Definition of — a treat in English:

— a treat

phrase

British
informal
  • 1Do something specified very well or satisfactorily.

    ‘their tactics worked a treat’
    • ‘Anyway she sent this new thing and it works a treat.’
    • ‘So their visit to the north east was strictly a damage-limitation exercise - and to that extent their tactics worked a treat.’
    • ‘This may not be the medically recommended solution, but all I can say is that - on the fortunately rare occasions when it is needed - it works a treat for me.’
    • ‘The tactics worked a treat, as his mount stormed away in the closing stages.’
    • ‘Lunges are a little tricky because obviously I can't bend the prosthetic ankle but aside from that it works a treat - very sturdy and responsive.’
    • ‘Bottom club York stunned third-placed Sheffield with their tactics of tight defence and speedy breakouts working a treat.’
    • ‘If Queensland had deliberately targeted Johnson's suspect temperament ahead of the Test series, as some feared they might, then the tactic worked a treat initially.’
    • ‘As a way of keeping the jackdaws at bay, it works a treat.’
    • ‘Monkhouse's new tactic worked a treat as she went on to take the set 5-3 to force a best-of-three-ends shoot-out.’
    • ‘But for sending and receiving e-mails, it works a treat, provided you can live without attachments.’
    1. 1.1look a treat Look attractive.
      ‘he looked a treat in his suit and bowler hat’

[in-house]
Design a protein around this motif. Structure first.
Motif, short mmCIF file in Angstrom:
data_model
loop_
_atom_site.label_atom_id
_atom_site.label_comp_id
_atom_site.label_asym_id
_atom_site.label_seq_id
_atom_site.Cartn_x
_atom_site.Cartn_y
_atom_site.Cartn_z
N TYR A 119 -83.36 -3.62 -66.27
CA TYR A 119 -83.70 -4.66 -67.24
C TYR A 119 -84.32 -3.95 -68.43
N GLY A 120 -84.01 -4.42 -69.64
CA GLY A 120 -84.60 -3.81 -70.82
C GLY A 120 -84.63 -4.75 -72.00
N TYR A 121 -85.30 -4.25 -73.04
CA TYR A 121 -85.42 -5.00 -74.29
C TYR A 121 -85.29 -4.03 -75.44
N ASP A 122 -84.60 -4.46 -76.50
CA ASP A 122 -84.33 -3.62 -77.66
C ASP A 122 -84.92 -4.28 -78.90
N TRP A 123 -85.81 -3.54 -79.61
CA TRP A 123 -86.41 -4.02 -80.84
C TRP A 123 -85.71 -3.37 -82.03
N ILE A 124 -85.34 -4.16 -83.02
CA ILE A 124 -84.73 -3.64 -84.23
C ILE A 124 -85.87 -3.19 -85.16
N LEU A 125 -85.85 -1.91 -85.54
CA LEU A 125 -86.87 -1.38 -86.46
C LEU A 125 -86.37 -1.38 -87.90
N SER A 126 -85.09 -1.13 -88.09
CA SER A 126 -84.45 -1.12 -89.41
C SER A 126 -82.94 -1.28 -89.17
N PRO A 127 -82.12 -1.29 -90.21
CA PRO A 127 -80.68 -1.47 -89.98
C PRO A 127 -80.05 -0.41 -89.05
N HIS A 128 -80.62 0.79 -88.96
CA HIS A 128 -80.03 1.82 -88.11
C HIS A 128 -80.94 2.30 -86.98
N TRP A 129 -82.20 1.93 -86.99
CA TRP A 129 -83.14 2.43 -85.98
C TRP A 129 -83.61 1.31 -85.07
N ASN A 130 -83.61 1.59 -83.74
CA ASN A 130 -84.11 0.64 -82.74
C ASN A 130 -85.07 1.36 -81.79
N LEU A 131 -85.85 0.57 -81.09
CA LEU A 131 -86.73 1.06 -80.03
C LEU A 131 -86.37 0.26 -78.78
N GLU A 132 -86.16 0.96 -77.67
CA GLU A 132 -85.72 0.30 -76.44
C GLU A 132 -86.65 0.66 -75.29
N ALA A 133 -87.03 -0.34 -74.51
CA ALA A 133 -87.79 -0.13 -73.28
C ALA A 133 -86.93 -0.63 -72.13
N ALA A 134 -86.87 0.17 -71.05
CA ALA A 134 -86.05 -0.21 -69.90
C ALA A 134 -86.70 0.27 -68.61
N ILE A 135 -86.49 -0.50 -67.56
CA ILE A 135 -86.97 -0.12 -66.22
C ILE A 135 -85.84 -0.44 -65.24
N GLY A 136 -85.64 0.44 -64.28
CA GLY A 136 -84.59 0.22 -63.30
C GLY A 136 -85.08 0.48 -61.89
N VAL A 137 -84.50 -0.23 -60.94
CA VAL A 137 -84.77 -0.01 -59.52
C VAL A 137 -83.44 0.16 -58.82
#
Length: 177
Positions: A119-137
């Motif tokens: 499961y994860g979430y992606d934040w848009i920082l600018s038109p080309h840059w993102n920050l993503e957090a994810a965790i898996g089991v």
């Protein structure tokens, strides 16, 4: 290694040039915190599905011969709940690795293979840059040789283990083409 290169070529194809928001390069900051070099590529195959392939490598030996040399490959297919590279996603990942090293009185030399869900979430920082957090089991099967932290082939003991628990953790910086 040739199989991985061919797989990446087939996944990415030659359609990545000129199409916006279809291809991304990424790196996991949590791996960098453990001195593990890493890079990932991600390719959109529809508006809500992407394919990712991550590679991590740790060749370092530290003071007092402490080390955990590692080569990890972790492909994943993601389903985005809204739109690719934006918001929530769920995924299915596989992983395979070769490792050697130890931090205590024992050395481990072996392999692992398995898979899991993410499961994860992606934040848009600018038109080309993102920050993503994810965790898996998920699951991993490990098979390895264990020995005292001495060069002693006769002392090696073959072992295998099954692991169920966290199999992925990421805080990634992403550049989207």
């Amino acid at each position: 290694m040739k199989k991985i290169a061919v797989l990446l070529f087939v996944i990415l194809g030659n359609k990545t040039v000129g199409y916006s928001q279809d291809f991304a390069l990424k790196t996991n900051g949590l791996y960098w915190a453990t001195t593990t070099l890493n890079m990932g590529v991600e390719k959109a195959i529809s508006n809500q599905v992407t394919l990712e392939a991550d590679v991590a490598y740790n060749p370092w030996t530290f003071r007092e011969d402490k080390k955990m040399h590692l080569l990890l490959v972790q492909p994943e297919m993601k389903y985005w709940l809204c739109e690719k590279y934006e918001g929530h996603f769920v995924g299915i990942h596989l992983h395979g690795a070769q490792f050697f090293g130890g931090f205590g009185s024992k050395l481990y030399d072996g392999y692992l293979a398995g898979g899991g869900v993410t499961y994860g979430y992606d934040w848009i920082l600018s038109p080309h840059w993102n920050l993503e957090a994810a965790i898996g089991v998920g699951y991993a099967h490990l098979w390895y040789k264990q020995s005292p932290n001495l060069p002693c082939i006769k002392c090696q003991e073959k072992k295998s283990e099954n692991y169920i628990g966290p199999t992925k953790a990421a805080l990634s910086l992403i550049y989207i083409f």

• ‘However, the film looks a treat, Jack McElhone is an expressive, unaffected child actor and Gibb makes sure that the film still takes a persuasive hold on the heartstrings.’
      • ‘It is now looking at its best at the moment with its bright red berries looking a treat.’
      • ‘But it is a vast improvement on the post-war British version of the tale, it looks a treat and boasts a fantastic cast of character actors sinking their teeth into Dickens' gallery of grotesques and unfortunates.’
      • ‘Silk trees are looking a treat at the moment, and despite their feathery foliage and powderpuff flowers they love the heat and are a perfect small tree for sunny back yards.’
      • ‘He is 23 years young, like myself, and is just damn cute and sweet and looks a treat out there on the court.’
      • ‘All bright lights and slick moves, the film looks a treat as it offers a highly theatrical, stylised recreation of the lawless Roaring Twenties.’
      • ‘The Christmas Lights were turned on in Clonaslee last week and along with the new street lanterns look a treat.’
      • ‘‘I got a little detergent and started cleaning it with a tissue and now he/she looks a treat,’ he said.’
      • ‘The first has all 15 episodes of the original 1949 B & R theatrical serial over its two discs and looks a treat.’
      • ‘A circular walk has been marked out and on the day of my visit in mid-March the sun was shining above a blue sky and the park looked a treat.’